Building the Ultimate IKEA Bed

When [Eric Strong’s] son outgrew his convertible crib, he didn’t want to give it up. Needing the bed for their next youngest, [Eric] made his son a deal. He was going to build him the ultimate big boy bed. And boy did he ever!

Using Ikea Hackers for inspiration, [Eric] came up with a bed that features not only a slide, a ball game, a secret room hidden behind a bookcase, a hidden window, and a back door escape hatch — but even a bed. Kind of sounds like one of those too-good-to-be-true infomercials!

And he built it using only three products from IKEA. Two Kura beds (one for building materials), a Trofast tiered shelf storage unit, and a Besta — a small bookshelf. Pretty resourceful! And because he had limited space to build it, the whole thing is still modular. Stick around after the break to see it in action!

The video is a bit long though so if you want to skip to the demo, head over to the time stamp 5:20.

[via reddit]

17 thoughts on “Building the Ultimate IKEA Bed

  1. I can’t help but think that $400 for the beds is way too expensive given all the modifications planned for them. Even factoring in your free time you should be able to source a better deal on materials.

    1. Over here in the Netherlands a Kura bed is €150 (including VAT) He used two of them and some other Ikea stuff, So i think it is 400 in total. While that is not cheap it is not extremely expensive. My heart rate frequently jumps at the checkout of my local DIY store when all i buy is some wood and fasteners. Anyways I think 70% of the project is just dad having some fun.

      1. In the US one Kura bed is $209, so it would be $400 (~€350) for just the beds if someone wanted to replicate his design. Even at €150 that’s still €300 (~$330USD) for some finished lumber that’s going to be modified heavily.
        Near me a 12ft (3.6m) piece of 2×4 fir/spruce lumber is less than $4. It should be possible to get all the lumber for less than $50-60, probably less than that for hardware depending on what you use. So for ~$100 you get all the lumber and fasteners for the bed frame. The only tools you need are a drill, saw and some sand paper.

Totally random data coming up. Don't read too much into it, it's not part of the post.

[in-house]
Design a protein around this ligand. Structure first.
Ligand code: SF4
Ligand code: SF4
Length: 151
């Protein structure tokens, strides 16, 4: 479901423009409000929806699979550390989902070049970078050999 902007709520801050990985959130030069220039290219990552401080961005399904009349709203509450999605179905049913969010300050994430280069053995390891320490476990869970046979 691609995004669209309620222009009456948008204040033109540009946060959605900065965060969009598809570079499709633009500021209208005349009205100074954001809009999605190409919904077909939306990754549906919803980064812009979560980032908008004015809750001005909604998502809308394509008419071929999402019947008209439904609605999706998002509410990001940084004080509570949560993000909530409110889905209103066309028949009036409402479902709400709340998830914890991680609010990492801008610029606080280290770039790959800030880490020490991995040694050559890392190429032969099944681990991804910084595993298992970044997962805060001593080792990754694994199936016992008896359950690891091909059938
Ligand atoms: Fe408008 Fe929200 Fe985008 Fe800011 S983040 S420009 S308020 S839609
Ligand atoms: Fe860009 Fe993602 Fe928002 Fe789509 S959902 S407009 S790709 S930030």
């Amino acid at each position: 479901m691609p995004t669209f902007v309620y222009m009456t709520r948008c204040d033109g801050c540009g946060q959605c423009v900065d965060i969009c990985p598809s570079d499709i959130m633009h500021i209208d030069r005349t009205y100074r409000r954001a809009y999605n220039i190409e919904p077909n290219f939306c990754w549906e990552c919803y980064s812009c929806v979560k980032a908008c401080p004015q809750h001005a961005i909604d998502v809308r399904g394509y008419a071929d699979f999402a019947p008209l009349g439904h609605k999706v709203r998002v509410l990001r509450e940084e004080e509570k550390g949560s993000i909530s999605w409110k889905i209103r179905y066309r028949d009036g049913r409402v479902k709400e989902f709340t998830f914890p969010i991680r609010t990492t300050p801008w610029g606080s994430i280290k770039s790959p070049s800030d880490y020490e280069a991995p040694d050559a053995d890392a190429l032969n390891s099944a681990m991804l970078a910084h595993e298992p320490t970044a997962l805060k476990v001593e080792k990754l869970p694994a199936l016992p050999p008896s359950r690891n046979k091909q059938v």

I guess my point was, given all the modifications going into the beds, you stand to save substantial money by starting from scratch on the frame.
        The trofast and besta save quite a bit of construction time and aren’t really modified so it makes sense to buy them. They’re also not very expensive.

        1. Using the prefabricated pieces from the Kura saves a lot of time on measuring, sawing, drilling, sanding, and staining. I had a miniscule workspace in which even measuring large pieces of lumber is annoying. Also, I enjoy the creative process and assembly more than the actual working with the wood. So for me, it was definitely worth the extra money, but I completely appreciate that not everyone would agree.

  2. If he doesn’t get rid of those posts at the bottom of the slide he can forget about having grandchildren. The top right part of the slide edge is a finger trap too. Other than that it is a great design.

    1. If he’s good at teaching as he’s at building things, then his kid is 100% safe for being raised like a thinking person rather as an idiot like most parents do today with their kids. I played with mains electricity and disassembled radios when I was 6, built bows and arrows at 9, and always knew about the dangers. Many modern parents today forget how we as kids played with chemicals, knives etc. Kids are not idiots unless they’re grown to be.

      1. So says one of the survivors. While I appreciate what you are trying to communicate it isn’t actually rational to say I survived therefore all kids will. I had friends who didn’t survive and saw some nasty accidents that caused permanent damage to others during my mostly free range childhood. Ever seen what a clock spring will do to the hand of a four year old who is smart enough to work out how to pull an old clock apart but not educated/supervised enough to know how much energy may be stored in it?

        1. Some have to learn the hard way, but they are still learning.
          We grow up taking lessons from our parents and our peers.
          Perhaps their parents should have prepared them a little better before letting them run with the pack unsupervised.

          My folks really didn’t have a clue what I was up to. But they gave me enough sense of risk that I didn’t come to harm with the various dangerous activities I did as a child.
          Now I’m the parent and that experience teaches me that I need to be involved in my childs development to give them experiences that will ensure they understand risk too.

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